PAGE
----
If you’re curious about plans to create a new park east of Corrales Road in the central part of the village, you might want to stop by a new booth at the Sunday Growers’ Market. Illustrative panels are displayed behind a table for members of the Village-appointed Corrales Interior Drain Committee which is gathering public input for recommendations to the mayor and Village Council. The long drainage feature and ditch bank roads owned and maintained by the Middle Rio Grande Conservancy District between Corrales Road and the river are valued as a green belt, wildlife habitat, access to residences and recreational trails, as well as kids’ routes to and from schools.
Current chair of the Interior Drain Committee is Doug Findley, son of the founder of the Corrales Bosque Preserve, the late Jim Findley. He was joined by Lou Murphy tabling at the September 5 Growers’ Market. Among those who stopped at the table were Conservancy District Director Mike Hamman, Mayor Jo Anne Roake and Elena Kayak, former chair of the Corrales Bicycle, Pedestrian Advisory Commission.
“We had about six to eight people stop,” Murphy reported, “some who do not live in the village but it prompted others to stop. We handed out more surveys to be completed.” A survey has been mailed to residents near the Corrales Interior Drain to learn what changes, if any, should be considered to the long drainage ditch east of Corrales Road. The cover letter accompanying the questionnaire explained its purpose.
“The Corrales Interior Drain was constructed in the 1930s to lower the water table and reclaim flooded farmland. The Interior Drain runs from East Valverde Road south to the Corrales Clear Ditch and Bosque Preserve, culminating just south of East Meadowlark Lane. The 26 acre, 120-foot-wide drain is owned and maintained by the Middle Rio Grande Conservancy.
“Today, the Interior Drain serves many uses, providing access to homes, farms and the elementary school, recreation for biking, horseback riding, hiking, fishing and bird watching. It is a vital nature sanctuary with entry to the Bosque Preserve. In recent years, use of the ditch banks along the Corrales Interior Drain have given rise to concerns about increased traffic and associated dust and potential contamination of water in the drainage ditch.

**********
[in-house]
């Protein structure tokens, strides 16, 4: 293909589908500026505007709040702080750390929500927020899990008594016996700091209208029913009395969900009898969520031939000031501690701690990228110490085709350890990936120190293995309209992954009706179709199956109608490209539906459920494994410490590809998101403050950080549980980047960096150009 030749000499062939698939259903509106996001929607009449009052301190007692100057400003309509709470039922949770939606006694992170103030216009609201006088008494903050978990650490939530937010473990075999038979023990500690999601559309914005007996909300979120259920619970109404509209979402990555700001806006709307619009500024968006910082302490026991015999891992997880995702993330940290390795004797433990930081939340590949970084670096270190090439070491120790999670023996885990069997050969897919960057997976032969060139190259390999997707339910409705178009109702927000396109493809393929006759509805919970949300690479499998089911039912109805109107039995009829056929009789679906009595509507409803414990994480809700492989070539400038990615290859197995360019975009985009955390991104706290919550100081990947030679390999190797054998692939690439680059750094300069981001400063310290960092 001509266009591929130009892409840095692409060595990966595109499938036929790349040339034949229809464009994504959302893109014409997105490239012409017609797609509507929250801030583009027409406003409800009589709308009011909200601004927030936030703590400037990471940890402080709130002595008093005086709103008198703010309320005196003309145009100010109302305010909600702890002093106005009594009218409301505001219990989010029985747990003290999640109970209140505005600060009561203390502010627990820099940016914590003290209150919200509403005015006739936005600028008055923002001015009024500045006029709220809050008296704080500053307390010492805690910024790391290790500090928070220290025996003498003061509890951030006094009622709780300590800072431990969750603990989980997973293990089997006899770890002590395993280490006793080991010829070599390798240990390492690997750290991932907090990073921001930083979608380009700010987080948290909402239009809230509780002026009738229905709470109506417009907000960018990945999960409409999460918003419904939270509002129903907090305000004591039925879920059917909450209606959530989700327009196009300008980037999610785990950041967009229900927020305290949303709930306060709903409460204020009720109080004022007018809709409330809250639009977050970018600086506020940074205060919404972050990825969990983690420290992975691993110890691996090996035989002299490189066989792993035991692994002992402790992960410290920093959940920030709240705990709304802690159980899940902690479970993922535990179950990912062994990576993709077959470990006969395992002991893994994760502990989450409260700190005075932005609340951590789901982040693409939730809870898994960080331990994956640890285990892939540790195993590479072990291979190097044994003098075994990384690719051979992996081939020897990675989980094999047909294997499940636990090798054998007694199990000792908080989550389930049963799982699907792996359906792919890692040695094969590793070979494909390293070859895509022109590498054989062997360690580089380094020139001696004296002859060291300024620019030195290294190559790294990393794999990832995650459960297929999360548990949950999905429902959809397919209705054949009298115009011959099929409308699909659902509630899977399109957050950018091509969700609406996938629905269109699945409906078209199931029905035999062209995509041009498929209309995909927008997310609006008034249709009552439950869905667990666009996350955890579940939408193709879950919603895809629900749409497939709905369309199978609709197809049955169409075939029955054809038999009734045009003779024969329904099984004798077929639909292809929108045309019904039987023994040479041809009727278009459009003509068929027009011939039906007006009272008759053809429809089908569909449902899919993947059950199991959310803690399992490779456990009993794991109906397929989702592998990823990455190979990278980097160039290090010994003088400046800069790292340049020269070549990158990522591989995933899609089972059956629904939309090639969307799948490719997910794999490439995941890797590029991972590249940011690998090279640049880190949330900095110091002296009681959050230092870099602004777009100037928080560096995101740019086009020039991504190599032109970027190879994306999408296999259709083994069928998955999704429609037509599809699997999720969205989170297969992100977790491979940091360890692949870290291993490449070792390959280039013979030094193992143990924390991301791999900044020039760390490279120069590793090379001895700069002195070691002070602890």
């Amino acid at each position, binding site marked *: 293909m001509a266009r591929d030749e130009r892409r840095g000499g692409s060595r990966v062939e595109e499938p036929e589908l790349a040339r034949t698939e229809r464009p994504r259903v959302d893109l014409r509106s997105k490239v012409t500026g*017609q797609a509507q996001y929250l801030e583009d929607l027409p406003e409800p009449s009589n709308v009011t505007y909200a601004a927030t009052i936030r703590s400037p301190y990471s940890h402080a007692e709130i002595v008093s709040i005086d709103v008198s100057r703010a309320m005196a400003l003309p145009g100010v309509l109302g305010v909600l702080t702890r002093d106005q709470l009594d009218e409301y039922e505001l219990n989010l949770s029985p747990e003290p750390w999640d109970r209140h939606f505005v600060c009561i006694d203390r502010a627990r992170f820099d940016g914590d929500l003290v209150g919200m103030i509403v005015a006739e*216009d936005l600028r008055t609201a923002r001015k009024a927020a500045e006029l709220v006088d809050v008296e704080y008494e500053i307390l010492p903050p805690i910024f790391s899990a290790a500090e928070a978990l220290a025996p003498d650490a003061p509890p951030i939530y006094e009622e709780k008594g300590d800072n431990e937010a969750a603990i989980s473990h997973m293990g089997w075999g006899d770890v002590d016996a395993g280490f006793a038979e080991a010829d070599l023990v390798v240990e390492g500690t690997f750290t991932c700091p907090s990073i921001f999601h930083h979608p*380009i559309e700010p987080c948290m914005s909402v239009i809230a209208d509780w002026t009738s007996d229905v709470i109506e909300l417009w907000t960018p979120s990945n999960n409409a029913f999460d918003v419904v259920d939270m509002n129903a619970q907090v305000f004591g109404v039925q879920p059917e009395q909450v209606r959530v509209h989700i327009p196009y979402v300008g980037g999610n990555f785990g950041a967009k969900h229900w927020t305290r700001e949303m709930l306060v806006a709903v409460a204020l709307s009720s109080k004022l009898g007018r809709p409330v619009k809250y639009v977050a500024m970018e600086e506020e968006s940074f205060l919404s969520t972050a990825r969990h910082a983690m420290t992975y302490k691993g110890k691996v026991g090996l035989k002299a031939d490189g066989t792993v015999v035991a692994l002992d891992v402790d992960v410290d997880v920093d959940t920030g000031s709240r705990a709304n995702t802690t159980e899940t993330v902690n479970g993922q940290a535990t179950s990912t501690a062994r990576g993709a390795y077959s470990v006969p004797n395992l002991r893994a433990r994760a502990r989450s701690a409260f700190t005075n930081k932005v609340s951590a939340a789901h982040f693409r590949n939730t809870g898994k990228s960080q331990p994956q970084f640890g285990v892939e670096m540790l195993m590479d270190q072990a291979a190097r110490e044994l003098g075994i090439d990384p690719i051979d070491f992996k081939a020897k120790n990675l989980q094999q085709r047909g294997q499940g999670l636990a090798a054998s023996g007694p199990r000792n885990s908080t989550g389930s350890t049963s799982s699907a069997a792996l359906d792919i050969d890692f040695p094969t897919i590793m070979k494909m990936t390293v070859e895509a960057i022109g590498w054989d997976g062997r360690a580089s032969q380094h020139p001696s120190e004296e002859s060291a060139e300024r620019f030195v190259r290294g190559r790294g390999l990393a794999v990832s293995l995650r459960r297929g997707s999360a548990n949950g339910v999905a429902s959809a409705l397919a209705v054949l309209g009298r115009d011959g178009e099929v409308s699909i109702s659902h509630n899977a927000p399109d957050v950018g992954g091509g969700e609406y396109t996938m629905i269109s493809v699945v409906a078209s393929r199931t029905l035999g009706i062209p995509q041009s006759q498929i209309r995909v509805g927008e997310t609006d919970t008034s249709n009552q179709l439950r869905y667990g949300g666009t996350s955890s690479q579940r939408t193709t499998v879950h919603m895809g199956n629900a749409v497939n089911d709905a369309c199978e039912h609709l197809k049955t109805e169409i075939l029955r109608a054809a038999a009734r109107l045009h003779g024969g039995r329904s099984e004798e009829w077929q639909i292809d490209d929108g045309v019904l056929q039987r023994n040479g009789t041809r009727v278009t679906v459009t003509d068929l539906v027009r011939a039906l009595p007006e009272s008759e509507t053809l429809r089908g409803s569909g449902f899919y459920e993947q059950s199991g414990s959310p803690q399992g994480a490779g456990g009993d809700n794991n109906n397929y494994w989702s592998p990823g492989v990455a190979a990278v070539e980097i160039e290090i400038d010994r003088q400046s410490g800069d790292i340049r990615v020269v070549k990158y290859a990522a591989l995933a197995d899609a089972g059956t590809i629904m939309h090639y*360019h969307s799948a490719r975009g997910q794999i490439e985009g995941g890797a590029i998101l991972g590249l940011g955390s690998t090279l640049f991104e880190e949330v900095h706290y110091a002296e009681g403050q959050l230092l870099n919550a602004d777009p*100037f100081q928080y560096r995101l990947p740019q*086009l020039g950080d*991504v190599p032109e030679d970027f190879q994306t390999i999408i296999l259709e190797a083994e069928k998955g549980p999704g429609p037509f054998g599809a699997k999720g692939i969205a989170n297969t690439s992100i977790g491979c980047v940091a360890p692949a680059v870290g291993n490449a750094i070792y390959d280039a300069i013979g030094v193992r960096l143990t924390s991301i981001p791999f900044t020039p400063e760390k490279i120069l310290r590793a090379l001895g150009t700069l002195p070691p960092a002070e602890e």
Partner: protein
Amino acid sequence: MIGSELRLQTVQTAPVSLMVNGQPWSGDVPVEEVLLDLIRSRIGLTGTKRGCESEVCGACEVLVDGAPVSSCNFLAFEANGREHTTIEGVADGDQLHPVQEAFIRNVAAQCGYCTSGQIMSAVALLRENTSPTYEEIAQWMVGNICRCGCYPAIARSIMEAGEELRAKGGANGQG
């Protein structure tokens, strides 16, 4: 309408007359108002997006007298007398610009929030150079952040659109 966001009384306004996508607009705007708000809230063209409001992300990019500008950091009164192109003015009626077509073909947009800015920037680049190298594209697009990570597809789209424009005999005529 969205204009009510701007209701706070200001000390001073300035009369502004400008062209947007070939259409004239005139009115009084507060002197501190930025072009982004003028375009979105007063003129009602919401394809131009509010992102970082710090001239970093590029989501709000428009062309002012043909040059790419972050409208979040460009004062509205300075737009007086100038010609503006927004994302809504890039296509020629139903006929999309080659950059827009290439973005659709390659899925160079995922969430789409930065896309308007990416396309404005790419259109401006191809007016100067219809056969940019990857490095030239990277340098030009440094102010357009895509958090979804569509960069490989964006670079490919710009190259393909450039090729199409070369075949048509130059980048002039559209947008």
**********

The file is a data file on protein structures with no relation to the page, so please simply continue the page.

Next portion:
“Concerns have been raised about children’s safety especially as they walk or ride bicycles along the ditch going to and from Corrales Elementary School. Villagers have long thought about how the ditch right-of-way might serve community uses while maintaining MRGCD property ownership and drainage mandate.
“In 2020, Mayor Jo Anne Roake appointed The Corrales Interior Drain Committee tasked to make recommendations on the drain’s uses, preservation and potential. Since the Village of Corrales has no ownership in the land involved, the committee acknowledges that its eventual recommendations would need concurrence from the MRGCD to be implemented. The district’s chief concern is expected to be retaining full use of the ditch and ditchbanks to perform routine maintenance.
“One of the first things the committee did was to document what is physically in the ditch and on the ditchbanks, how the land is now used and what adjacent features should be taken into consideration, such as homes, trails and Corrales Elementary School and the playground there.
“Suggested opportunities for future use of the ditch that runs from Valverde Road on the north to East Meadowlark on the south, include a Fire Department fire suppression water line to fight fires east of the drain; horse riding; hiking; children’s access to school grounds; a pond; a green corridor for appreciation of nature and wildlife habitat; a butterfly garden; and improvements in air quality for neighbors as a result of reductions in dust.”
As a preliminary concept, the committee is considering possible uses for three conditions along the ditch: ponds, water areas and xeric locations. A photo essay of the varying parts of the long ditch can be found in the centerfold pages of Corrales Comment’s May 22, 2021 issue.